The week it was released, the game was the number one selling game in Japan and sold 501,081 copies.[21] According to Famitsu, Dragon Warrior Monsters 2 has sold 1,592,728 copies in Japan, and was the number three best selling game in Japan in 2001.[22][23]

Dragon Warrior Monsters 2 received generally positive reception, holding an average rating of 81% on Game Rankings for both versions.[16][17] Like Dragon Warrior Monsters before it, this game was immediately compared to Pokémon, a series with similar monster-catching gameplay.[20][2] However, IGN regarded it as being more than just a mere "Pokémon clone", though also comparing it to the game Monster Rancher.[2] RPGFan praised the system of breeding monsters as “incredibly fun”, and noted the high degree of replay value because of the post-story monster collecting activities players can do.[20]

PlayStation compilation Dragon Quest Monsters 1+2 received a 33 out of 40 by Famitsu magazine.[24] The game was the 38th best-selling game of 2002 with 292,275 copies.[25]

Remake[edit]

Dragon Quest Monsters 2: Iru and Luca's Marvelous Mysterious Key (ドラゴンクエストモンスターズ2 イルとルカの不思議なふしぎな鍵, Doragon Kuesto Monsutāzu 2: Iru to Ruka no Fushigi na Fushigi na Kagi),[8] is a remake of Dragon Warrior Monsters 2 developed and published by Square Enix exclusively for the Nintendo 3DS. The remake incorporates both Tara's Adventure and Cobi's Journey in one game.[8][26] After strong sales of the remake of the original Dragon Warrior Monsters as Dragon Quest Monsters: Terry’s Wonderland 3D, a remake of Dragon Warrior Monsters 2 was announced.[8] Unlike most Dragon Quest titles, this game was developed by Square Enix itself.[8]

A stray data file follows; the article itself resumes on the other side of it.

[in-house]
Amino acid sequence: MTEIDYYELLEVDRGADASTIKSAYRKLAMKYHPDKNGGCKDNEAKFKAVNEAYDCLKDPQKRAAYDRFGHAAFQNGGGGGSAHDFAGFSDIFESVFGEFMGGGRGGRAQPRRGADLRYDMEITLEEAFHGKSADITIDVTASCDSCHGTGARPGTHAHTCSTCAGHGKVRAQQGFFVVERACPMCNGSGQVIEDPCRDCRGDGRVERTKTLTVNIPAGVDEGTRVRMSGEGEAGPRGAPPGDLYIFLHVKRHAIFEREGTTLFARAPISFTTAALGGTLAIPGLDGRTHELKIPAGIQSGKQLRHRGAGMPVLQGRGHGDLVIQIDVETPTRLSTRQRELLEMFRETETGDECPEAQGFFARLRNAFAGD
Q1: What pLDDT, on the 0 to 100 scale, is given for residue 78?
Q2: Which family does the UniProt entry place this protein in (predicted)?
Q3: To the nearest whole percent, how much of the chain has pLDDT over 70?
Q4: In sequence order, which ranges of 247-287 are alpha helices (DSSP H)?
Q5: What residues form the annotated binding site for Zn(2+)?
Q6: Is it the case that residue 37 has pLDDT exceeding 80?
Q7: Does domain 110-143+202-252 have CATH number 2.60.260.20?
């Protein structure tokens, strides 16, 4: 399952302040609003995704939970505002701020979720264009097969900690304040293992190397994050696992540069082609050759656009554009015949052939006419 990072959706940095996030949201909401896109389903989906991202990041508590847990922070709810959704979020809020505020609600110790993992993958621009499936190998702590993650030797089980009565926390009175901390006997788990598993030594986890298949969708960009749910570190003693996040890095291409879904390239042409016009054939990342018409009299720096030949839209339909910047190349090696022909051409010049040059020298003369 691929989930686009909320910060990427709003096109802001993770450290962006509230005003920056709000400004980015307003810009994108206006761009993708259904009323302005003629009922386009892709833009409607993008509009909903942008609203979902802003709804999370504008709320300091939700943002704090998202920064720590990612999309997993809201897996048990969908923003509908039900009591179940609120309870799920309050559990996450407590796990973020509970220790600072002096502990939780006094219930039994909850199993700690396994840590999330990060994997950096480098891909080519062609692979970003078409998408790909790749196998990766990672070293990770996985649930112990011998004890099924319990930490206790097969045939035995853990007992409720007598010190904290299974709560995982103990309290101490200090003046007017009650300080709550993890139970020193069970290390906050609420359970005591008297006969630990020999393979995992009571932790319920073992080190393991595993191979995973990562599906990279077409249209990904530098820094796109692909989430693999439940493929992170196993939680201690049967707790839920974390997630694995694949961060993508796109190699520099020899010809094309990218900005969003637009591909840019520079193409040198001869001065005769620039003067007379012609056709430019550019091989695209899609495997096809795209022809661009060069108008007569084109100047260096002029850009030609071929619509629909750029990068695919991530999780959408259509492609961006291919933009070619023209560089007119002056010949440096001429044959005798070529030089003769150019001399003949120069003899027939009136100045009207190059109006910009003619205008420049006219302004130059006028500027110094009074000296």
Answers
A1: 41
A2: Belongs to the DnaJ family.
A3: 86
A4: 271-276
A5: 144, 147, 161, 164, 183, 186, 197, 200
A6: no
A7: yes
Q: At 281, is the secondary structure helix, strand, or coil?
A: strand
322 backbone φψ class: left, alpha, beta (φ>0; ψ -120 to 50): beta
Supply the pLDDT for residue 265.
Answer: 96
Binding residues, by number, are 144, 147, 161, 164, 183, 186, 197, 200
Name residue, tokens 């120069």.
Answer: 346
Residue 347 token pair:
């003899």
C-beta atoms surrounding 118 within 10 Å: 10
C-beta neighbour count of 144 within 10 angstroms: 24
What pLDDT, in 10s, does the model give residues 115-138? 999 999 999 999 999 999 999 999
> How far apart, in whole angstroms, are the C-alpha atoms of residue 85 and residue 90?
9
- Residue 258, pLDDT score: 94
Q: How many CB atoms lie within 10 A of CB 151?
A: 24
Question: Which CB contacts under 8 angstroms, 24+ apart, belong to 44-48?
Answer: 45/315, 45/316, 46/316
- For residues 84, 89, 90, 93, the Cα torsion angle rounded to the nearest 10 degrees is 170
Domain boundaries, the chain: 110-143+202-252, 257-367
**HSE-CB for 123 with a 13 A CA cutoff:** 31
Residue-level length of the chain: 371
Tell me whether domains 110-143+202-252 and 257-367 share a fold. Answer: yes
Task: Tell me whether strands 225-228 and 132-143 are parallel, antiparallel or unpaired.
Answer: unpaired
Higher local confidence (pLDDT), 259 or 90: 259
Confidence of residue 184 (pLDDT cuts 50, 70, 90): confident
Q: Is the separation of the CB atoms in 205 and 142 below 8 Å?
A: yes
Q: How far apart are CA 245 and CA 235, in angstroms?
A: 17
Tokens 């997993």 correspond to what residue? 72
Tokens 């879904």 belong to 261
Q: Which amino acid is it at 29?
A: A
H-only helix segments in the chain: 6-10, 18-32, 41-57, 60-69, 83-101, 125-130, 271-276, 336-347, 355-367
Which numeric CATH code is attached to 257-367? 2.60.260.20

The game was released in Japan both as a digital download on the Nintendo eShop, and in retail stores on February 6, 2014. The game also has a special 3DS bundle in Japan as well, which includes both the Dragon Quest Monsters 2 3DS XL, and a physical copy of the game.[26] As of February 2014, the game had sold 634,433 copies.[27] Dragon Quest Monsters 2 was the 8th best-selling game in Japan in 2014, having sold 802,173 copies.[28] The game was re-released as an “Ultimate Hit” title on March 12, 2015.[29]

References[edit]

  1. ^ a b Sarcasmorator (January 1, 2002). "Dragon Quest Monster I & II". Archived from the original on 25 January 2018. Retrieved May 28, 2020.
  2. ^ a b c d e f g h i j k l m n Goldstein, Hilary (2001-11-08). "IGN: Dragon Warrior Monsters 2". IGN.com. Archived from the original on 2009-02-21. Retrieved 2009-10-14.
  3. ^ a b c d e f Torres, Ricardo (2001-06-08). "First Impression". Gamespot.com. Archived from the original on 2012-11-05. Retrieved 2009-10-14.
  4. ^ Enix of America, ed. (2001). Dragon Warrior Monsters 2: Cobi's Journey & Tara's Adventure Instruction Booklet. Enix of America. pp. 13–16.
  5. ^ a b c d IGN Editorial Staff (August 17, 2001). "Dragon Warrior Monsters 2: Tara's Adventure". IGN. Retrieved May 28, 2020.
  6. ^ Lee, Nathan (February 8, 2020). "RPGFan Origins: Our First RPGs". RPGFan. Retrieved May 28, 2020.
  7. ^ Henninger, Michael (January 1, 2002). "Enix to Port Dragon Quest Monsters Collection to PSone". RPGamer. Retrieved May 28, 2020.